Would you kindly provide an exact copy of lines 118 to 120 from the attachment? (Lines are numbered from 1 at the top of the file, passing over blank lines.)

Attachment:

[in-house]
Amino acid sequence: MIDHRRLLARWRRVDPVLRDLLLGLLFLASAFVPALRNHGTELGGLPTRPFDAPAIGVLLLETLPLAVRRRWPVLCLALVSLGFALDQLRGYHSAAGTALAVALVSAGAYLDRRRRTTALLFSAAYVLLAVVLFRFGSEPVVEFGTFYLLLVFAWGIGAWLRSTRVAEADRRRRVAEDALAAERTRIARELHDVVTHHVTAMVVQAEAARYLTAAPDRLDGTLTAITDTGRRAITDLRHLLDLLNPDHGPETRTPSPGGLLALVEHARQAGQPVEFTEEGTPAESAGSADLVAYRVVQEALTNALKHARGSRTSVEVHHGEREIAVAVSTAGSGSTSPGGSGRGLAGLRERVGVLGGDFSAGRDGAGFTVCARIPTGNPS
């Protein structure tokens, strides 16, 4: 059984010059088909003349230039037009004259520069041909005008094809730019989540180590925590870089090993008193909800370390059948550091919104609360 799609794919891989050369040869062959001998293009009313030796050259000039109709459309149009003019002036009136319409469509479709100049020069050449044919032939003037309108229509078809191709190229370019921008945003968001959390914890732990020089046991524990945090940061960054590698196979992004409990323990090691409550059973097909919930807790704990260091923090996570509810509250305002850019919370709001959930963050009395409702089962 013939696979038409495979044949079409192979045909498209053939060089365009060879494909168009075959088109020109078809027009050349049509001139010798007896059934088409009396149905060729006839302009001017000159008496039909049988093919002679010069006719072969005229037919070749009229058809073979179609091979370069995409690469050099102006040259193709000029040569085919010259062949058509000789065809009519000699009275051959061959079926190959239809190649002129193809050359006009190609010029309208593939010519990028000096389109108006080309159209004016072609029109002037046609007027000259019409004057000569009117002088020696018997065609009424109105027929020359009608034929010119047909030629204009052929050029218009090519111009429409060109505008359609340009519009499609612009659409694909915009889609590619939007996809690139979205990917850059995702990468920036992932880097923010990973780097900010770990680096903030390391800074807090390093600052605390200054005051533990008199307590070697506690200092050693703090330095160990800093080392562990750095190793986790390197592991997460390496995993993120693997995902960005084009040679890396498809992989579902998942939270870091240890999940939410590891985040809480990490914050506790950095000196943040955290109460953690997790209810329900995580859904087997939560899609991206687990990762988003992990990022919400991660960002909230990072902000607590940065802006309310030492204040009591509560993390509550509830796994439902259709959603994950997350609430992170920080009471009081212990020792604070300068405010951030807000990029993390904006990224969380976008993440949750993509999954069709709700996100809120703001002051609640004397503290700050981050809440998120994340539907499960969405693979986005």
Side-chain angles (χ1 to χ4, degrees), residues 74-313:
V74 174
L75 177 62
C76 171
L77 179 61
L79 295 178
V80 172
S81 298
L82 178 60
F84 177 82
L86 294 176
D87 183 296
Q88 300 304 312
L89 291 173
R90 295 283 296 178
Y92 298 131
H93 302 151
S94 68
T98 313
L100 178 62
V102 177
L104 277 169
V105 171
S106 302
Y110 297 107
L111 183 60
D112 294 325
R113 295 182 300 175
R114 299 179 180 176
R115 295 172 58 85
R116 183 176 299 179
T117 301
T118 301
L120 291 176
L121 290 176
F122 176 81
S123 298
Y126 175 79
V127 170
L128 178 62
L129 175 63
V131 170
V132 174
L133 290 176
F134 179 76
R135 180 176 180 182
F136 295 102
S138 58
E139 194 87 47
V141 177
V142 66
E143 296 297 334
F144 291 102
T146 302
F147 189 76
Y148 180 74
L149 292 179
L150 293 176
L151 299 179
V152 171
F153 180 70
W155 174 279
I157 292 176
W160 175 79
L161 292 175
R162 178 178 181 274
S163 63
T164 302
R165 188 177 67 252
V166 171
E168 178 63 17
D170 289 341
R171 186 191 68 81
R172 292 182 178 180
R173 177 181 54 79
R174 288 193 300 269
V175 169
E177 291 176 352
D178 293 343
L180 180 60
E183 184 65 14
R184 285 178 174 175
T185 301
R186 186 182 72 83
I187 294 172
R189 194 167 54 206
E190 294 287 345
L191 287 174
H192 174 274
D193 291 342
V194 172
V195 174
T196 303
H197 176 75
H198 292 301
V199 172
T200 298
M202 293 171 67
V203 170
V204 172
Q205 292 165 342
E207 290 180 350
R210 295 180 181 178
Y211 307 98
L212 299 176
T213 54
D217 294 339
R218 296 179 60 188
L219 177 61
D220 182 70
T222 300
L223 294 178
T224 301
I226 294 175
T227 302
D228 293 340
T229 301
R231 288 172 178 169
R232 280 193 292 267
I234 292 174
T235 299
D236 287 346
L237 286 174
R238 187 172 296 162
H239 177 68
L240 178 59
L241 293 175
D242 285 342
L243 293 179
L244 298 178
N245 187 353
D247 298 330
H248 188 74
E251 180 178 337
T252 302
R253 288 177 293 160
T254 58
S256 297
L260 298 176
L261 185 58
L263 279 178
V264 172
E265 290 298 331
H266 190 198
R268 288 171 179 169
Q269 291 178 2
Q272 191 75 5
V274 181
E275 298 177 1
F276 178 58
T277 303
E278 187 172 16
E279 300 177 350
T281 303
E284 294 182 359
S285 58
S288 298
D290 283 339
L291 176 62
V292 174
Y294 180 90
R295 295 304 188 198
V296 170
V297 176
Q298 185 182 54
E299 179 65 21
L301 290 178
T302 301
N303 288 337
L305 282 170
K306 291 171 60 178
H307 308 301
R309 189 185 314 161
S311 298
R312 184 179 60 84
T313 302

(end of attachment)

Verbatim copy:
T227 302
D228 293 340
T229 301